Posts Tagged XML

C# Short Takes – 1 – XML Comments syntax for the cref attribute to a Generic Type Method


Introduction

For the last couple of blog posts I have been using the XML Documentation feature of C# and Sandcastle to generate chm help files. This has resulted in help for methods I have been developing being available in many parts of the Visual Studio environment. Enabling Intelescensecontext sensitive help have proved to quite useful, and is a good thing to include with the source code I have been posting on the blog.

Things have been going quite well with this approach, until I ran into a problem with the <see/> tag and the cref attribute. This tag generates a hyperlink within the output files, after Sandcastle has processed them. These generated hyperlinks to methods in the documentation were a feature I wanted to enable in a couple of places within the generated documentation.

The Problem

The situation which caused me a headache was trying to make pair of <see/> tag elements in the XML Documentation which referenced each of a pair of generic methods. The method signatures were:

public static IEnumerable<TSource> ToIEnumerable(TSource val)
public static IEnumerable<TSource> ToIEnumerable(TSource val1, TSource val2)

The Solution

After trying a number of things and searching on the net, I discovered the following on stackoverflowC#, XML-Doc: Refering to a generic type of a generic type in C# XML documentation?. The last answer in to the question is the one that gave me the way to solve the problem.

Simply, what is required is the xml escaping of the <>I n the function name. For a full (I would expect) list of the xml escape sequences see: List of XML and HTML character entity references.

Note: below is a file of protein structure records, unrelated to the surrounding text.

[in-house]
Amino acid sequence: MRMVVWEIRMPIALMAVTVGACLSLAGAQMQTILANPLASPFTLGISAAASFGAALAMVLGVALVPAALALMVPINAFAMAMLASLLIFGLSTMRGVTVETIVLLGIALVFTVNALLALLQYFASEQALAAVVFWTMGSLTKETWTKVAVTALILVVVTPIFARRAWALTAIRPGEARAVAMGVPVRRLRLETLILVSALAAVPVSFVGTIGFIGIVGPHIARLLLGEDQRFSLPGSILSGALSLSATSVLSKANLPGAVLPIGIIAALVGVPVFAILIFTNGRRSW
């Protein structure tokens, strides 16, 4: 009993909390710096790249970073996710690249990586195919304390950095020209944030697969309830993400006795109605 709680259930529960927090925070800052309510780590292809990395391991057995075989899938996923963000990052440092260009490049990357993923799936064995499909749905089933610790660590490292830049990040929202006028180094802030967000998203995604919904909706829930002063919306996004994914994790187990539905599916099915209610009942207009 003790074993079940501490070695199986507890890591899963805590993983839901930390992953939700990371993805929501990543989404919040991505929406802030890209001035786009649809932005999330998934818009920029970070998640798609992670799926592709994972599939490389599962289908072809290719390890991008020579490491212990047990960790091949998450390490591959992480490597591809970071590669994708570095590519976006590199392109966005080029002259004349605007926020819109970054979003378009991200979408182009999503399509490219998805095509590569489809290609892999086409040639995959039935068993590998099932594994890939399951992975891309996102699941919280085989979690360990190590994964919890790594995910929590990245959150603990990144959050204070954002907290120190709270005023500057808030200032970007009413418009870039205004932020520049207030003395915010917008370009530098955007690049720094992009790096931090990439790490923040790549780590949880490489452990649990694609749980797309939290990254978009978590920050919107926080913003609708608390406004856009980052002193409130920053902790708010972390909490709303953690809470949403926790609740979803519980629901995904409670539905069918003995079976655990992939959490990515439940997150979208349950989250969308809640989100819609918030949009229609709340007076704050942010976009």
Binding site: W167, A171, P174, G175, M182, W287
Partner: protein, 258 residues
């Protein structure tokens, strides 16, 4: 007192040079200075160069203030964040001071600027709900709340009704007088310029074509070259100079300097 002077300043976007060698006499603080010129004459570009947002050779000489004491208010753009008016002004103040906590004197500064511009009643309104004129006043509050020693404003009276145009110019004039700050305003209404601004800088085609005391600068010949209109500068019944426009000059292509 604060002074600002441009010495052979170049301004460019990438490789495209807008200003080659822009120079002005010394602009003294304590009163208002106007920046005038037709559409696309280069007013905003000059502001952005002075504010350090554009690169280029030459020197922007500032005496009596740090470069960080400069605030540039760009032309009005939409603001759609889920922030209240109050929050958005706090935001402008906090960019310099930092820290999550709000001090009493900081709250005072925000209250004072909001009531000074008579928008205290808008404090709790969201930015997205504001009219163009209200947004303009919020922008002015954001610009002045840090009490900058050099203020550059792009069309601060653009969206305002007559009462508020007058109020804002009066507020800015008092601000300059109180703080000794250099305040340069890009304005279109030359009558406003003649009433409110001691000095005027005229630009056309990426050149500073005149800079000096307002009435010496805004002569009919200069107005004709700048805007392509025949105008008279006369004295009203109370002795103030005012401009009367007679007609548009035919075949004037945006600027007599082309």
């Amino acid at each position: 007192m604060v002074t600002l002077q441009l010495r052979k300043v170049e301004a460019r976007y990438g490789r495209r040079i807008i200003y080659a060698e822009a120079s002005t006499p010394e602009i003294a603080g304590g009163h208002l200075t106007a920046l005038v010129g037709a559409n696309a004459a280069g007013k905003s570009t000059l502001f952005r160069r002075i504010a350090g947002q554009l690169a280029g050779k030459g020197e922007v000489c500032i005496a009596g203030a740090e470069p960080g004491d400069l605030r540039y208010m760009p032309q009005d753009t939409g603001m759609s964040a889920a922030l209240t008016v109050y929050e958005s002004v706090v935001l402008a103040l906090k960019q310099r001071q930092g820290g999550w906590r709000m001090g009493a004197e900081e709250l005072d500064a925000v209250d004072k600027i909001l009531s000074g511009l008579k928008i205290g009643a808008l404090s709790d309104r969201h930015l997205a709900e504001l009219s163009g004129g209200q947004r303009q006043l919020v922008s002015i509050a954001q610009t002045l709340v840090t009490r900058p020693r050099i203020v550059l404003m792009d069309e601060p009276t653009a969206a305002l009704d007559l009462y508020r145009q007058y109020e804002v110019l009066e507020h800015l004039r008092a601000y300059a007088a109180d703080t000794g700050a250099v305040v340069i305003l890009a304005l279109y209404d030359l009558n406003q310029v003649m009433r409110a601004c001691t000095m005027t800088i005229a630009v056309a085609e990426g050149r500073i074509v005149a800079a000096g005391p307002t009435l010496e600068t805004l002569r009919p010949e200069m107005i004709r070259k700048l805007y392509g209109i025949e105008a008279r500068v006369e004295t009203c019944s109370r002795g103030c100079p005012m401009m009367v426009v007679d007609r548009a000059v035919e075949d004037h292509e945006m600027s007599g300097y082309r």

The resulting references in the <see/> tag end up as:

        /// <see cref="ToIEnumerable&lt;TSource&gt;(TSource)"/> 
 /// <see cref="ToIEnumerable&lt;TSource&gt;(TSource, TSource)"/> 

Reasoning Why It Works

This makes a degree of logical sense when you consider the resulting context of this attribute. The C# compiler translates the XML Documentation into a XML file. Within an XML file an attribute, or element, which contains a < or > character needs to have those characters translated into XML escape equivalents. Thus, the target of the link will be in an XML escaped form, so also the reference to the target should comply with the same XML escape sequences.

A Visual Studio Handy Hint

There is a built-in paste function, Edit.PasteAlterernate. The following blog post ‘What is Paste Alternate?’ describes what this function does. If you use this to paste a function signature from a C# file into a html file, you get the prototype with xml escapes included, plus a bunch of html. Using this paste variant may prove useful when you need a quick way of generating xml escapes .

In my version of Visual Studio, this function was unbound to a keystroke combination. Yu can use the Tools -> Options menu items to get up the dialogue box that allows setting the keystroke combination. The keystroke combinations are set in the Environment -> Keyboard section of this dialogue box.

Conclusions